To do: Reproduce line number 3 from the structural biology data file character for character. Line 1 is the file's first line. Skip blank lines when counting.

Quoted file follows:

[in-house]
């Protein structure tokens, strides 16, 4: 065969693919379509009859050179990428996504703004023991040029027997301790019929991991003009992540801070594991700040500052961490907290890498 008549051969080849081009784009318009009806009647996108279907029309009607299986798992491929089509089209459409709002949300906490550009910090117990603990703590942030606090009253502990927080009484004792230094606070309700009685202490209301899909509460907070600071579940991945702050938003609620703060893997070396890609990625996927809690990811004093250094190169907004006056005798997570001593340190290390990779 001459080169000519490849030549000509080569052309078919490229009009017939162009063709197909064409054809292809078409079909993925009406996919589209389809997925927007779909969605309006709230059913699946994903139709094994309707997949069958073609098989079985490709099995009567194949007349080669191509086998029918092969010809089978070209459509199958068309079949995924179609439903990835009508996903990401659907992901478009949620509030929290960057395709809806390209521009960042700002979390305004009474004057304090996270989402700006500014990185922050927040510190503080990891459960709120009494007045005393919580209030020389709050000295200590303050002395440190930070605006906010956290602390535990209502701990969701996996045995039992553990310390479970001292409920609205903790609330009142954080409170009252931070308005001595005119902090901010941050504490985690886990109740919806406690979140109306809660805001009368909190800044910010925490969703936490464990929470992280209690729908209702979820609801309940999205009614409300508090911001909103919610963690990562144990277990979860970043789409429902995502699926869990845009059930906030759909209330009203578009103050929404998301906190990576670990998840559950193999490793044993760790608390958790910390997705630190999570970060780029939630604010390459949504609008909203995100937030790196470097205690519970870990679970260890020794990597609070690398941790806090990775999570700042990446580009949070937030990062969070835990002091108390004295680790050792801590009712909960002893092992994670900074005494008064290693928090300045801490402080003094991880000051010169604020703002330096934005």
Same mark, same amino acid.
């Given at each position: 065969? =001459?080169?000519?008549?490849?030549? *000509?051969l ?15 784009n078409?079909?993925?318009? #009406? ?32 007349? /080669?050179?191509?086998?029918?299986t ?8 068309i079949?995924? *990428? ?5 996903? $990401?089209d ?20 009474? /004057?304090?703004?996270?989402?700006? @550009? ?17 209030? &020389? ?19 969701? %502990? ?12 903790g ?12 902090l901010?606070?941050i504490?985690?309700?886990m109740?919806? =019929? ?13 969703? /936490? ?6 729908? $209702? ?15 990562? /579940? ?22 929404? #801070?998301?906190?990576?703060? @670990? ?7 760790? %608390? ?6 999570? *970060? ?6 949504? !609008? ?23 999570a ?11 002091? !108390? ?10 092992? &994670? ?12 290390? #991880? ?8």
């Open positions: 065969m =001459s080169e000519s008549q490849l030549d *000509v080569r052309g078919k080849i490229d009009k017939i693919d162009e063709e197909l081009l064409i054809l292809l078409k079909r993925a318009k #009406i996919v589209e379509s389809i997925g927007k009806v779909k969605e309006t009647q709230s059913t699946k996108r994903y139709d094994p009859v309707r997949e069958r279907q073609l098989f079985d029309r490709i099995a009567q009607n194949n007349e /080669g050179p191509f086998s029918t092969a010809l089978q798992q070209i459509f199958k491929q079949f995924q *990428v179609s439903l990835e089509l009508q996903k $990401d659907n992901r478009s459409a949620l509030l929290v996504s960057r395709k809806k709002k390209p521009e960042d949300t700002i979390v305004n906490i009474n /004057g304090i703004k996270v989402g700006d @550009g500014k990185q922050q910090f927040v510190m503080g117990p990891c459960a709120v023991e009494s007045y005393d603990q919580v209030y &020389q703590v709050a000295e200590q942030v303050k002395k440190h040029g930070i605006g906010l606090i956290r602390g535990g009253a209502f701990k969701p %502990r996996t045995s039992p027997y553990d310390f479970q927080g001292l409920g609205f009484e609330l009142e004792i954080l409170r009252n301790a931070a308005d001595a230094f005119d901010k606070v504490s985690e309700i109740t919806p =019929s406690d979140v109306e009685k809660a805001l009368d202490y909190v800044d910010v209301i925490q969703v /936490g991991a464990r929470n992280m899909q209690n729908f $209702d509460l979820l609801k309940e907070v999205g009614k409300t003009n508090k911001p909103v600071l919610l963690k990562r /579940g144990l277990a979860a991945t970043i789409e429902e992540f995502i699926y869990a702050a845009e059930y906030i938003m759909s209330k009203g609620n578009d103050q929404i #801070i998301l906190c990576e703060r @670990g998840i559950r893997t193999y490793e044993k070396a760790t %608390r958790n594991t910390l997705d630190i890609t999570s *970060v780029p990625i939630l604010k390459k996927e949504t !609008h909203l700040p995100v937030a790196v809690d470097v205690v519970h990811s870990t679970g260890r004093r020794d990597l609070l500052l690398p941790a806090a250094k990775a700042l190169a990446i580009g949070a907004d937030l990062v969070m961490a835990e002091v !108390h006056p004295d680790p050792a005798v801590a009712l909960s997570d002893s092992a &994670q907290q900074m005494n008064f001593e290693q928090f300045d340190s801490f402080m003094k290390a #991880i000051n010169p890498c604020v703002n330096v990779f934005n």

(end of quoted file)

Same mark, same amino acid.